Piano Gala spotlights piece found at Palmer Seminary
Published: Friday, May 5, 2006
Updated: Saturday, September 12, 2009 12:09
Beethoven's Grosse Fugue found its way out of Palmer Seminary's basement, all the way to London where it brought in $1.7 million, and made its way back to Wayne, Penna. where it was performed at a crowded Church of the Saviour by Eastern's piano quartet.
Eastern's 3rd Annual Music Gala on Friday, April 28, highlighted the rare find, which music professor Ron Matthews described as "out there." Matthews cited the way Beethoven incorporated elements of jazz and bebop long before either genre officially took shape.
"[Beethoven] explored to the edge of tonality," Matthews said. "And in that way it is prophetic."
Matthews was joined by David Bryant, James Correnti and Jung Mi Kim, turning the Fugue from its original four-hands to eight.
"We'll offend all musicologists tonight," Matthews said.
Heather Carbo, the librarian at Palmer who first discovered the manuscript, was on hand to hear the piece for the first time. Although the Fugue was played at Sotheby's in New York before being sold in London, she was unable to attend the performance.
"It's very exciting," Carbo said. "It makes it more real. It's great to see it in this environment at Eastern."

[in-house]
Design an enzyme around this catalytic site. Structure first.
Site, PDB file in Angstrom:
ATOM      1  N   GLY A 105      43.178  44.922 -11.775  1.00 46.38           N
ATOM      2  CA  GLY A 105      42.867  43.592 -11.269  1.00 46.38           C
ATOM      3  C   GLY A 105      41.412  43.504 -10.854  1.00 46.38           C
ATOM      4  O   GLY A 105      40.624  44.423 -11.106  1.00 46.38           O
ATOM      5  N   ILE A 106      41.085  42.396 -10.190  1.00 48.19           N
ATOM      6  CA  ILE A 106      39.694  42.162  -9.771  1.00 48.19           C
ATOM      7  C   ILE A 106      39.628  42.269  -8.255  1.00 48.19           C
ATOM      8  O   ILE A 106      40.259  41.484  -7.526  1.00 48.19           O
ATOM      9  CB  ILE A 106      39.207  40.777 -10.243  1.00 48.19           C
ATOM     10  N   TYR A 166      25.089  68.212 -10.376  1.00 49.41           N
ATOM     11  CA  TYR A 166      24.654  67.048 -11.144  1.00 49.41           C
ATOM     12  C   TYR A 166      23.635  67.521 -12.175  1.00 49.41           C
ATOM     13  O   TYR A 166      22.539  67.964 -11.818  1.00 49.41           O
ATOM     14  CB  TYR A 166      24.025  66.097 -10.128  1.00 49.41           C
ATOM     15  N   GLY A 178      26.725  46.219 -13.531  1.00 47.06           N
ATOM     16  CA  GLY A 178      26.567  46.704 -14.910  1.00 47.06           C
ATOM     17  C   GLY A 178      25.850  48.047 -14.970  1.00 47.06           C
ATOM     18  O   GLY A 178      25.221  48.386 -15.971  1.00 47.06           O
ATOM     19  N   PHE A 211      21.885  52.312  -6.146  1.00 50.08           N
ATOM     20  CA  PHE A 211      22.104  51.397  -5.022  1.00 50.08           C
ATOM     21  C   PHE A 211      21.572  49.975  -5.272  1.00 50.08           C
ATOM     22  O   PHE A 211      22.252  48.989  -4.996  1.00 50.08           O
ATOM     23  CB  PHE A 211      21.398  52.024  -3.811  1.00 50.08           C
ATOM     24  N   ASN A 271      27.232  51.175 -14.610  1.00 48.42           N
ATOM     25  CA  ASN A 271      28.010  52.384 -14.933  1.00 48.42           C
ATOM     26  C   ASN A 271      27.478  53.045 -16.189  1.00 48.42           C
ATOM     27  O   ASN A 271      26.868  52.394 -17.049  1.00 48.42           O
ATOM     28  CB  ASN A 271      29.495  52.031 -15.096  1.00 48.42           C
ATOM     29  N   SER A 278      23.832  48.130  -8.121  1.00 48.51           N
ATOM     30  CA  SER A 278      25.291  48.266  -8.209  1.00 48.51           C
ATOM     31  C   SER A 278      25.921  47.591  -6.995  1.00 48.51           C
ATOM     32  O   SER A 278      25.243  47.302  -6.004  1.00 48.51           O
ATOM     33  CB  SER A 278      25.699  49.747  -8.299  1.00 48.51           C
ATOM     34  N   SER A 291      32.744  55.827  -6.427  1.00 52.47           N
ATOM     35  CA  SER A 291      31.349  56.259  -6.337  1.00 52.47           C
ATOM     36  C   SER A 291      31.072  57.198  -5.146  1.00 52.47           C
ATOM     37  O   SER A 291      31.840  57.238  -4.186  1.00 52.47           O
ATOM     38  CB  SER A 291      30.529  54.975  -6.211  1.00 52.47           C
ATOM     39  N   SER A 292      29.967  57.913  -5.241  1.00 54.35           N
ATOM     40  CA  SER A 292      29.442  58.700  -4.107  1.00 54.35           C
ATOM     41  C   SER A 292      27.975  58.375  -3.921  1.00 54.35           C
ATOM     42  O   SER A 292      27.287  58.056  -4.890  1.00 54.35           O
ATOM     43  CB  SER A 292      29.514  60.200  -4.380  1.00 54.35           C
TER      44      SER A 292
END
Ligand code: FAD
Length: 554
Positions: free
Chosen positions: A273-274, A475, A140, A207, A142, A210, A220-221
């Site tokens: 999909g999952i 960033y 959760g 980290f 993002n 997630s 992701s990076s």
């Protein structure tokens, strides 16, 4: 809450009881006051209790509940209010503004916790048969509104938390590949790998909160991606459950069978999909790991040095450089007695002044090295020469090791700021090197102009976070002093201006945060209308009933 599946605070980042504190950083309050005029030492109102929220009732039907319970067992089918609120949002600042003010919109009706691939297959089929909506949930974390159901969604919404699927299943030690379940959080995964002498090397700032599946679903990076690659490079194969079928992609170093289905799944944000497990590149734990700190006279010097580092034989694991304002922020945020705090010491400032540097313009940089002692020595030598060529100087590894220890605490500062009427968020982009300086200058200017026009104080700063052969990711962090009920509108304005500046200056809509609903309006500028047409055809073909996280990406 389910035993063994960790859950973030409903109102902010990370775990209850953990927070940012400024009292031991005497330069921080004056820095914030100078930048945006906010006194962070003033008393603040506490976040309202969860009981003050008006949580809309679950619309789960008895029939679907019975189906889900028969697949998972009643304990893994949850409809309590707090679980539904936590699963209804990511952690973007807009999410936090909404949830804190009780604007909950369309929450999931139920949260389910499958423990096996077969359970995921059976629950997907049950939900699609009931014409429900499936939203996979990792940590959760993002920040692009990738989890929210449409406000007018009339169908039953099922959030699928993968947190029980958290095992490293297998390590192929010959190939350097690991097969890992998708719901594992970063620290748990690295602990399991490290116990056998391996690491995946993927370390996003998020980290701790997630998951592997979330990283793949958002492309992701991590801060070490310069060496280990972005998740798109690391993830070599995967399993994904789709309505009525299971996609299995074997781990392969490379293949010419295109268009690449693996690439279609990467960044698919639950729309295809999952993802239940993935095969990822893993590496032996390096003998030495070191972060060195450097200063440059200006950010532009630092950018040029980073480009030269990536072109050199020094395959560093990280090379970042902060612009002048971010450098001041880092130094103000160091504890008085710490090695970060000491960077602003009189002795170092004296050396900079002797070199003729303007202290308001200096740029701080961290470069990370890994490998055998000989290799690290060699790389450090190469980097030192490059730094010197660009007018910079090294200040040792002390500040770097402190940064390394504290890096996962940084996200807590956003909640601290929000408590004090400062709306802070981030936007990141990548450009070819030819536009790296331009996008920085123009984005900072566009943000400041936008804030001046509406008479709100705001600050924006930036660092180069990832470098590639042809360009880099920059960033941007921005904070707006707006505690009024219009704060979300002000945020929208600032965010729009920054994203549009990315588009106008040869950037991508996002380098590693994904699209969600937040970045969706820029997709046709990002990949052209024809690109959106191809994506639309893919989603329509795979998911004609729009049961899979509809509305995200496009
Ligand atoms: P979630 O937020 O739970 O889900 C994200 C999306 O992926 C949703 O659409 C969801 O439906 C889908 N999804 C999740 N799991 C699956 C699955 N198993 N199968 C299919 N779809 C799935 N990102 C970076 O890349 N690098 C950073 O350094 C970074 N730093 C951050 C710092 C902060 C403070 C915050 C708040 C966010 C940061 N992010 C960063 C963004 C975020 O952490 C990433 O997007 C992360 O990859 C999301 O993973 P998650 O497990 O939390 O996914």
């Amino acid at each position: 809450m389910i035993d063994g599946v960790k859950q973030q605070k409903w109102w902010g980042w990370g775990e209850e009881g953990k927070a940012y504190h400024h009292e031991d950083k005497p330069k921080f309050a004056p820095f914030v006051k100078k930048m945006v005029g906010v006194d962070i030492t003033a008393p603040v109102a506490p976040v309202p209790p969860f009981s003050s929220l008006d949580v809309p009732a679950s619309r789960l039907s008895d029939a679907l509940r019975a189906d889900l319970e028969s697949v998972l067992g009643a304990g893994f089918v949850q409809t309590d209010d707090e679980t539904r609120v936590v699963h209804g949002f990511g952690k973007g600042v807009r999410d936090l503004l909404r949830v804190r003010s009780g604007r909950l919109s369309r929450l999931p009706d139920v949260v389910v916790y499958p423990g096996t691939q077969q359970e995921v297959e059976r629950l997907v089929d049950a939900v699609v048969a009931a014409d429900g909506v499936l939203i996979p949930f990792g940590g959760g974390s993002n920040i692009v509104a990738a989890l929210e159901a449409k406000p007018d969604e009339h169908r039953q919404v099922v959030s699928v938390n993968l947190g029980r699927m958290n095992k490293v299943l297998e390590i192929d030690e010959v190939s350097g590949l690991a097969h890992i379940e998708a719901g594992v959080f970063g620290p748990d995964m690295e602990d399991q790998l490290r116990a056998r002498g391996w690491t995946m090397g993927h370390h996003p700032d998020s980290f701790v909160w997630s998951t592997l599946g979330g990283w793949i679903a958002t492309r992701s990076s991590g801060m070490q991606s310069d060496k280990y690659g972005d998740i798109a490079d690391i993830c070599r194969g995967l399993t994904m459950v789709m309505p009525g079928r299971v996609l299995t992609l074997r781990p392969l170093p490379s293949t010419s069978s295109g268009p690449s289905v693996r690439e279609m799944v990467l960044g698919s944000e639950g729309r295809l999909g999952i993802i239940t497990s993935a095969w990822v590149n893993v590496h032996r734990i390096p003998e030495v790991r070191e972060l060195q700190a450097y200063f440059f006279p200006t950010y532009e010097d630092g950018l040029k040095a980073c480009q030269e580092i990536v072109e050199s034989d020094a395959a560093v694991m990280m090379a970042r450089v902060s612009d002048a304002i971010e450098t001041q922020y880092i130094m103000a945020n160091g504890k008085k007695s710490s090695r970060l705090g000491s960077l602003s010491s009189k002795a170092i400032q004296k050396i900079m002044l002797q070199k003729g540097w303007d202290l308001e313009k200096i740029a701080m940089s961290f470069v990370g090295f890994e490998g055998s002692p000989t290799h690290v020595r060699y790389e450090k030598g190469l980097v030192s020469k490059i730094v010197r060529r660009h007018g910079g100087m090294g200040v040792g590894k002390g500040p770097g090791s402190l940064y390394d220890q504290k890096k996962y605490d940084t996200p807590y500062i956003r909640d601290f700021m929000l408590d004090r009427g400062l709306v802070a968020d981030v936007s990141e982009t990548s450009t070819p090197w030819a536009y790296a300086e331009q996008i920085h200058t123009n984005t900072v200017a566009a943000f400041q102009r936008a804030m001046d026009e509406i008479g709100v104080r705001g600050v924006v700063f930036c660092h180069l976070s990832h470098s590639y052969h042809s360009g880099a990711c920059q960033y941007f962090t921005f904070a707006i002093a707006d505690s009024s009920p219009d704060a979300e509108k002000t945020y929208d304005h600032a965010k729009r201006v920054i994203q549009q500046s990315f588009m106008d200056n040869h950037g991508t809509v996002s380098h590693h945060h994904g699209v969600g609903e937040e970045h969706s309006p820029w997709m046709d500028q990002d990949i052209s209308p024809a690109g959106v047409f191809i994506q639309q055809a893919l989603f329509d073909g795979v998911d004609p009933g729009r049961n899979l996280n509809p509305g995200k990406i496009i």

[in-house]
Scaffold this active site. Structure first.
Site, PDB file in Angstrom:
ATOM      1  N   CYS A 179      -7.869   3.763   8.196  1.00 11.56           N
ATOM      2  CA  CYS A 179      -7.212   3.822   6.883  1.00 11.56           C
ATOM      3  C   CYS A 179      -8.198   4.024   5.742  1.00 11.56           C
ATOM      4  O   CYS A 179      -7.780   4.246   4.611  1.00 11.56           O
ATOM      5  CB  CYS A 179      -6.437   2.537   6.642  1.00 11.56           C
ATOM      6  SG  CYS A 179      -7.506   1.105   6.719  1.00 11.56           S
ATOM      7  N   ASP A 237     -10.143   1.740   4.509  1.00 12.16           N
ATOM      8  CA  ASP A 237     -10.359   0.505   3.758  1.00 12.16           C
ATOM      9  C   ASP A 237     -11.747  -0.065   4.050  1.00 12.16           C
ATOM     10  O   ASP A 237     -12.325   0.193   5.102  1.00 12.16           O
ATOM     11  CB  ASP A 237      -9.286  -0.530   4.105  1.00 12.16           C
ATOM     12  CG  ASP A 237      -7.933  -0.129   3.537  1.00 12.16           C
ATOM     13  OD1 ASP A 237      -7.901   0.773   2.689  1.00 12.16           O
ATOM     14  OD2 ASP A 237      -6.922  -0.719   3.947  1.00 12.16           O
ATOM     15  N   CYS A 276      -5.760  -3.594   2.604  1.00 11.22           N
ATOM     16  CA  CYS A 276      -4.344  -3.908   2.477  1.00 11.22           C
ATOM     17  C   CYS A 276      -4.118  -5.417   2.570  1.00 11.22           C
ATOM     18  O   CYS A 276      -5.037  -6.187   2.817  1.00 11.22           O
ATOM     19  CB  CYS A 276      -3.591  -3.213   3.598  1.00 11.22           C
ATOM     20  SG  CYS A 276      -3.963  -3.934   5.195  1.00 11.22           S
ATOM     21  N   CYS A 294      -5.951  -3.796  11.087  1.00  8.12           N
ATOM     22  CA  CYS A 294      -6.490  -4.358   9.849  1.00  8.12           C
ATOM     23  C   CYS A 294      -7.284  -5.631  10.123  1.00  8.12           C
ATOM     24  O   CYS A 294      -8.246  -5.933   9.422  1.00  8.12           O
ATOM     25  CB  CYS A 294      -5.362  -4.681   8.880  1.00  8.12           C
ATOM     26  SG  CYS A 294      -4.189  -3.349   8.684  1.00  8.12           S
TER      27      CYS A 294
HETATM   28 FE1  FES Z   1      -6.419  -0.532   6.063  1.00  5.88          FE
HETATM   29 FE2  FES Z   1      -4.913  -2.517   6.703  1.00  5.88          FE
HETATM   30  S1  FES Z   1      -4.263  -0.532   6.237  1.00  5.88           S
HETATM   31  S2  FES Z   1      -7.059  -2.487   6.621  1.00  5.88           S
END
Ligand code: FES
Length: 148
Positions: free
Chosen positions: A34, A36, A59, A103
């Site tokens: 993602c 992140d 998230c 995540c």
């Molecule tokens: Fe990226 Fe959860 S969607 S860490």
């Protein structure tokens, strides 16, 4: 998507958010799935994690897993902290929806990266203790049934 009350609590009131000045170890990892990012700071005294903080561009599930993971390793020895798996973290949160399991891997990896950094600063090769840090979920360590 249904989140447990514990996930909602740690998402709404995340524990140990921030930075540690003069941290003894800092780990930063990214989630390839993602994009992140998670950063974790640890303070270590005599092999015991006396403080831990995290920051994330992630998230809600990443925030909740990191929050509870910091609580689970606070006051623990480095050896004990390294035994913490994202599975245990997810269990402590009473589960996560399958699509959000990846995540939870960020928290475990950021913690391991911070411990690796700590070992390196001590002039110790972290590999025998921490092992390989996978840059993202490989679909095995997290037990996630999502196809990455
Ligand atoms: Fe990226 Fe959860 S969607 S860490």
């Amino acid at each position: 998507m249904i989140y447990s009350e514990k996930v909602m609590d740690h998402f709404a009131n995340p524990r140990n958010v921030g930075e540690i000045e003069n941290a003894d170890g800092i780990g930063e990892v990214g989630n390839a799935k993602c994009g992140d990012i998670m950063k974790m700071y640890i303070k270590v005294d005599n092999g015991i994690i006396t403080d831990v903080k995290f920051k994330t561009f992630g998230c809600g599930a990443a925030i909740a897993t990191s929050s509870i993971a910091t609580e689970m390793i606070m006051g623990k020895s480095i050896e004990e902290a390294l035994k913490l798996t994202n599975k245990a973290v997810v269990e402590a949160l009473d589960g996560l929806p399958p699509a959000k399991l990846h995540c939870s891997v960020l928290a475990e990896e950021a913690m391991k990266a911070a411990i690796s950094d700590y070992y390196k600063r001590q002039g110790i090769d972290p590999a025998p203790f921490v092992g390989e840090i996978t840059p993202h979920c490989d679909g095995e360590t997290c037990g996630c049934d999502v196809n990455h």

The Grosse Fugue shared the limelight with another miraculous discovery from the vaults of the seminary: Mozart's Piano Sonata in C Minor, a manuscript discovered in 1990 and sold for enough money to launch Eastern's music department.
Bryant, professor of music history at Eastern, played in both pieces and said he was both "terrified" and "satisfied" to be a part of the performance.
The evening was filled out with robust performances by the Eastern University Choir, conducted by Rick Frost and accompanied by the English department's Nancy Thomas. Students Alina and Natallia Hancharonak, sisters from Belarus, elicited screams from the audience when they took the stage to play Handel's Passacaglia.
President Black opened the evening with prayer and mention of a potential auditorium on Eastern's campus suitable for future Galas, which drew a few "amens" from the music department.
Proceeds from the concert went to Eastern's music department.